Drug addiction is more common in some families and is likely to involve a higher risk depending on genes. Addiction can happen to anyone of any origin, social status, race, or gender. However, it is scientifically proven that many people have higher risk factors for substance abuse and addiction than others. There are certain factors that increase a person's risk of developing a drug or alcohol addiction.
Genetics, family history, mental health and the environment are some of the risk factors for susceptibility to addiction. While the factors that contribute to addiction and the risk factors for addiction are very similar, when analyzing risk factors, it is important to delve deeper into the exploration of the human psyche. We can analyze what motivates us and places some people at greater risk of developing addictions than others. Researchers are actively searching for an addiction gene, but it seems more likely that family tendencies toward addiction are the result of environmental factors such as exposure and the normalization of drug use.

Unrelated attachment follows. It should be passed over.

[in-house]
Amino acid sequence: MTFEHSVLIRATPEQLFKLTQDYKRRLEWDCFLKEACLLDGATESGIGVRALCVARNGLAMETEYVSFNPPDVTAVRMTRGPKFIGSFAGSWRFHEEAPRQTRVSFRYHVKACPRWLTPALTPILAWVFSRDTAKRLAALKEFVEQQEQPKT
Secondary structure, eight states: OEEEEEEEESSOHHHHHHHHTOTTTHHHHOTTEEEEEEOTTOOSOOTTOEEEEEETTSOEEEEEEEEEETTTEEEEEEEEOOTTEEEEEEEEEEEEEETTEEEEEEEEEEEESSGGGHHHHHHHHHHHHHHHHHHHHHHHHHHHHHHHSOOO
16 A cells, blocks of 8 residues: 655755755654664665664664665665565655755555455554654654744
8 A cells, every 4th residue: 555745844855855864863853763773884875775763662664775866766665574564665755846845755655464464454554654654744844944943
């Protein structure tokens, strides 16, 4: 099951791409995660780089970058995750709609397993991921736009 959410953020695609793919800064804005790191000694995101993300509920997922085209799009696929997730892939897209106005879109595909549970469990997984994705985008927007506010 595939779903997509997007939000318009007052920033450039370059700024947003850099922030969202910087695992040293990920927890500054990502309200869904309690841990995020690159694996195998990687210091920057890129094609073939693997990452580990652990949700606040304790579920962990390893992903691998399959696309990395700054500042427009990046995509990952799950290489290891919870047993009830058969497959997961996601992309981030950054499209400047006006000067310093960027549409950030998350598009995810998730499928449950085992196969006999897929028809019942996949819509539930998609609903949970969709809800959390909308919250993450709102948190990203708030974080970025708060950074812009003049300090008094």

It's a constant concern, scientists and researchers have studied why people become addicted while others can use drugs and alcohol without becoming addicted to them. As an addict frees their body from toxic and addictive drugs, they may begin to experience a greater sense of self-esteem by stopping being tied to their next dose. Cocaine is also a highly addictive drug, and even if someone insists that they are only trying it, the propensity to become addicted is great because of the drug's addictive properties.